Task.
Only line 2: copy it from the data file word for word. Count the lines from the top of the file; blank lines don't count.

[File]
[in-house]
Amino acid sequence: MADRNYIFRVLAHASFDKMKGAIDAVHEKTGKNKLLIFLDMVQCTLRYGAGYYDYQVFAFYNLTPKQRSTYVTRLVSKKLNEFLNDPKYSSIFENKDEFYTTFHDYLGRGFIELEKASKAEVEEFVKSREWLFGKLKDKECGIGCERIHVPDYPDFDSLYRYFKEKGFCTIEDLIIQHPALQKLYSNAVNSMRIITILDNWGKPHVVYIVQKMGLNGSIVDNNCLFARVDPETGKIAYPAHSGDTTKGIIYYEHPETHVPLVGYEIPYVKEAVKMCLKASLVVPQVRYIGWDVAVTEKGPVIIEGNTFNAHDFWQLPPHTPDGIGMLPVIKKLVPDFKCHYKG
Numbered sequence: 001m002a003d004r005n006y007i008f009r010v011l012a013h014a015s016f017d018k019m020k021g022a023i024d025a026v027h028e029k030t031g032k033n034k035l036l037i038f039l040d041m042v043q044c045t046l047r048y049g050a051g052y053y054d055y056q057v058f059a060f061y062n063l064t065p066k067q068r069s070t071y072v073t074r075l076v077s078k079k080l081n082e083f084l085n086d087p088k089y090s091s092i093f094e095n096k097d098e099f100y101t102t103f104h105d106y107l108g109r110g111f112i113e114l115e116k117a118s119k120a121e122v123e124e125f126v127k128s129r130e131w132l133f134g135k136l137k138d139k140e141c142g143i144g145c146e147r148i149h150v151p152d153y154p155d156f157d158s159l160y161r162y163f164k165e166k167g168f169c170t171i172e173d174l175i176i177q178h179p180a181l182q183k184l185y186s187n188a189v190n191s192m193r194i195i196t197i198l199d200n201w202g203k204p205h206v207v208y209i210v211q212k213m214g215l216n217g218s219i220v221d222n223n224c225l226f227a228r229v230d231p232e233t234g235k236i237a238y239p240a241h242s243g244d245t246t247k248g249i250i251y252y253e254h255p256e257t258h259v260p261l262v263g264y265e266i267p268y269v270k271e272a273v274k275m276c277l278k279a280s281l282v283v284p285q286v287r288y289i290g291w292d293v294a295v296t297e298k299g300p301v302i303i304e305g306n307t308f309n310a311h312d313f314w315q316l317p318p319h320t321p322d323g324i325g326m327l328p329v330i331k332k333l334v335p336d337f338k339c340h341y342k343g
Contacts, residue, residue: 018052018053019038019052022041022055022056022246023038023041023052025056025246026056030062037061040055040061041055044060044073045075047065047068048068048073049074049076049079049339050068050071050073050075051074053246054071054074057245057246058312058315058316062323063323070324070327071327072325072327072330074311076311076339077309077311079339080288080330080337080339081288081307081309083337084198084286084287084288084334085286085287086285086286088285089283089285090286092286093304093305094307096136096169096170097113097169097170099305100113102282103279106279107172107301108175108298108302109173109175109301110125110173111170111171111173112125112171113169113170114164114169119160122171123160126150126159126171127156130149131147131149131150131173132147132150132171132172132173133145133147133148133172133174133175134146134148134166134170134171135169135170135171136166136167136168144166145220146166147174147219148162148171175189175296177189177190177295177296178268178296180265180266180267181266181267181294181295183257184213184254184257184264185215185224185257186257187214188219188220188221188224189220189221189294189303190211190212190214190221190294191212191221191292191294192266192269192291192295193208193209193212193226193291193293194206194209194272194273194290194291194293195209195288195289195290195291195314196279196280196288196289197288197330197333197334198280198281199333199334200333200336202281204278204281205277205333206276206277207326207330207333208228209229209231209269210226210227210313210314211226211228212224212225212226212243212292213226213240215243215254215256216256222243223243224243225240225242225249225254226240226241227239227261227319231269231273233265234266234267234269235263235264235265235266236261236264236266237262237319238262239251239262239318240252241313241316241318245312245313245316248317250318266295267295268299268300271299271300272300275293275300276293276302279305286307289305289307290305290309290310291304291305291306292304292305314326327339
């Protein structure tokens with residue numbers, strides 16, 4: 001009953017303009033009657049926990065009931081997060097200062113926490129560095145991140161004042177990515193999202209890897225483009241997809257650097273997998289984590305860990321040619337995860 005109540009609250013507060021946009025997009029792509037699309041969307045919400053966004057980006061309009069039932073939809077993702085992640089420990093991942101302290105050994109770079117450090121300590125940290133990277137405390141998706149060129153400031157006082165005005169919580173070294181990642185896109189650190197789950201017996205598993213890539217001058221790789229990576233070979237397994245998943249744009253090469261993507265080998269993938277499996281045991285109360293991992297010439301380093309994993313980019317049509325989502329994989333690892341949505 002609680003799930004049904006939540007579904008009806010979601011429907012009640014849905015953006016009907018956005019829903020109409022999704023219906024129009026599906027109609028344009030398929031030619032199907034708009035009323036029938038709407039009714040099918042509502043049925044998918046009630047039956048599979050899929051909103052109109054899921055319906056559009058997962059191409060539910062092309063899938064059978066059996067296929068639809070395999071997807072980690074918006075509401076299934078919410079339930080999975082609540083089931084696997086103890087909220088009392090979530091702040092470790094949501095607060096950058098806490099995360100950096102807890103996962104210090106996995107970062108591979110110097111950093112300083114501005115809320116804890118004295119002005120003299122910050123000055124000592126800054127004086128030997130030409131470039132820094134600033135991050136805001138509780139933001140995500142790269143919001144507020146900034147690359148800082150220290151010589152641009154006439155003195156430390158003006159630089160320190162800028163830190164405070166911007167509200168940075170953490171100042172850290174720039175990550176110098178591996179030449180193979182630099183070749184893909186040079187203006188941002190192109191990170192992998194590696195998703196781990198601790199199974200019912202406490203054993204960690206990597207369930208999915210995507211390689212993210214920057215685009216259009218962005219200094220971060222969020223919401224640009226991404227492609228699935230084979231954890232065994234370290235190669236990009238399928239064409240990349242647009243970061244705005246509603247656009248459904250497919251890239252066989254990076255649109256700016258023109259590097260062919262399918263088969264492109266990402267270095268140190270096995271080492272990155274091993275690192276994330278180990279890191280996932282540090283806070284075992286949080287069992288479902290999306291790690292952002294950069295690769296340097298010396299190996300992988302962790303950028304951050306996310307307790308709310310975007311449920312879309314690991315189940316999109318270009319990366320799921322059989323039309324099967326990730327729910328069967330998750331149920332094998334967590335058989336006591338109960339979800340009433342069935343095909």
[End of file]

Amino acid sequence: MADRNYIFRVLAHASFDKMKGAIDAVHEKTGKNKLLIFLDMVQCTLRYGAGYYDYQVFAFYNLTPKQRSTYVTRLVSKKLNEFLNDPKYSSIFENKDEFYTTFHDYLGRGFIELEKASKAEVEEFVKSREWLFGKLKDKECGIGCERIHVPDYPDFDSLYRYFKEKGFCTIEDLIIQHPALQKLYSNAVNSMRIITILDNWGKPHVVYIVQKMGLNGSIVDNNCLFARVDPETGKIAYPAHSGDTTKGIIYYEHPETHVPLVGYEIPYVKEAVKMCLKASLVVPQVRYIGWDVAVTEKGPVIIEGNTFNAHDFWQLPPHTPDGIGMLPVIKKLVPDFKCHYKG